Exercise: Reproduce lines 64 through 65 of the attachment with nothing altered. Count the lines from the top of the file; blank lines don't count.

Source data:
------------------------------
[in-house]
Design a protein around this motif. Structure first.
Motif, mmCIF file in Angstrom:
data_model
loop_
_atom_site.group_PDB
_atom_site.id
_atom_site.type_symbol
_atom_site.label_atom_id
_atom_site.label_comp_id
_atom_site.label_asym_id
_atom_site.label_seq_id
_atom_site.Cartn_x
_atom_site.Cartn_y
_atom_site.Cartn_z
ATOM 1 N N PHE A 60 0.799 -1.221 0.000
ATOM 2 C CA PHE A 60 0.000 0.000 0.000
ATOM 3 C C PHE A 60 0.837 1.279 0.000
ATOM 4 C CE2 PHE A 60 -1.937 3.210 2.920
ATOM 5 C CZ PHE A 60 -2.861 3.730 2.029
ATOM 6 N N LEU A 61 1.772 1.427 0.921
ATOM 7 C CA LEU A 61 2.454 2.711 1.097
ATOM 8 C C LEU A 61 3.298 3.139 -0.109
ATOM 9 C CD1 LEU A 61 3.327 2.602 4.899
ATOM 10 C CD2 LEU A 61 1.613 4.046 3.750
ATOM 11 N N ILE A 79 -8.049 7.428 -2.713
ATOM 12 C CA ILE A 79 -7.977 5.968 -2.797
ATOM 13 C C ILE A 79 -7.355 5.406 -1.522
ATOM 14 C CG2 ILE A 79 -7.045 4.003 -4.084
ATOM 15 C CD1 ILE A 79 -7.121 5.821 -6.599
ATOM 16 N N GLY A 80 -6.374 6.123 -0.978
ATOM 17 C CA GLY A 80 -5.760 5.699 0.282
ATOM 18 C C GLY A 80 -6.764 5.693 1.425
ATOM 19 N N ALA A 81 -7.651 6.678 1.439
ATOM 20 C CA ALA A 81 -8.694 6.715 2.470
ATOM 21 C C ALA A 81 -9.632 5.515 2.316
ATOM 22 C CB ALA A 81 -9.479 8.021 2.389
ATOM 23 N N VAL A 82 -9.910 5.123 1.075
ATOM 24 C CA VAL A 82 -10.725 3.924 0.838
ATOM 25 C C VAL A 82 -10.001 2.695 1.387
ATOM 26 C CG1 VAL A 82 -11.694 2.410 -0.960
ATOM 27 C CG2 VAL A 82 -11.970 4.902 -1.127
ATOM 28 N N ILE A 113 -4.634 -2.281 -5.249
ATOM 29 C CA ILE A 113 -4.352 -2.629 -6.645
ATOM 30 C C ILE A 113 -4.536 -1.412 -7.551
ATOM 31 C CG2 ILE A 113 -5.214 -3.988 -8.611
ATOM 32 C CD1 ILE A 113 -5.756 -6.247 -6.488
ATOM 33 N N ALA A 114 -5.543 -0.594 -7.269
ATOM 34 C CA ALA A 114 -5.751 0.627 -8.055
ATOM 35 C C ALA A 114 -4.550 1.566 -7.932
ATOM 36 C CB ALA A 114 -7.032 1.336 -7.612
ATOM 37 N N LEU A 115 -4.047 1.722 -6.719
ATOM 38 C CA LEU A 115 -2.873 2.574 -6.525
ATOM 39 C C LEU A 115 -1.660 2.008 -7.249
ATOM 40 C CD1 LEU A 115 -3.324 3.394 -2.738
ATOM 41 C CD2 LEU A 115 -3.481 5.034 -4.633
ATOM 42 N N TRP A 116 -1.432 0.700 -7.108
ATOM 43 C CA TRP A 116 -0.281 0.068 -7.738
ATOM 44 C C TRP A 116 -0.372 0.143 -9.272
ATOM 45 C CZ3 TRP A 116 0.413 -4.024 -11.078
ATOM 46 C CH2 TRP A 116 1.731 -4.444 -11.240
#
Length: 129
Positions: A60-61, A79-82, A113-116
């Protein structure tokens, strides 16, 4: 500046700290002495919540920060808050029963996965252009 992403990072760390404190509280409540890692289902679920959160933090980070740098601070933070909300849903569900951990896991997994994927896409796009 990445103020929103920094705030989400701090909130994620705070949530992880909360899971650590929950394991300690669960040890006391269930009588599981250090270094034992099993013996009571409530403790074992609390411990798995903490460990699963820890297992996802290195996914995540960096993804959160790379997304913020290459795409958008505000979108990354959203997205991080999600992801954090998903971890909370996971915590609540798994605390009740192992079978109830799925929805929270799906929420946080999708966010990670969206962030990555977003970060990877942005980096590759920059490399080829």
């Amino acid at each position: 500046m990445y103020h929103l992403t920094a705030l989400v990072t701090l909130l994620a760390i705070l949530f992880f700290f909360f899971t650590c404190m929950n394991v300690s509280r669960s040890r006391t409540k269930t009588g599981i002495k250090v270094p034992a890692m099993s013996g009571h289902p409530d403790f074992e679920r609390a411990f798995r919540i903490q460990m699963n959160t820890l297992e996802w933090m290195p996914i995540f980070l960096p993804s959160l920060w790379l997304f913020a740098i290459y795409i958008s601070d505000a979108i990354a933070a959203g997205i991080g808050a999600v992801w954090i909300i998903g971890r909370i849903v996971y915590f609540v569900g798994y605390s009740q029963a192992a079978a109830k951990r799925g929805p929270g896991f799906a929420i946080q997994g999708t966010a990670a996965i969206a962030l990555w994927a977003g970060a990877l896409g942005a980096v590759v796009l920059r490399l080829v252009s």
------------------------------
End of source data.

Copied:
Positions: A60-61, A79-82, A113-116
């Protein structure tokens, strides 16, 4: 500046700290002495919540920060808050029963996965252009 992403990072760390404190509280409540890692289902679920959160933090980070740098601070933070909300849903569900951990896991997994994927896409796009 990445103020929103920094705030989400701090909130994620705070949530992880909360899971650590929950394991300690669960040890006391269930009588599981250090270094034992099993013996009571409530403790074992609390411990798995903490460990699963820890297992996802290195996914995540960096993804959160790379997304913020290459795409958008505000979108990354959203997205991080999600992801954090998903971890909370996971915590609540798994605390009740192992079978109830799925929805929270799906929420946080999708966010990670969206962030990555977003970060990877942005980096590759920059490399080829």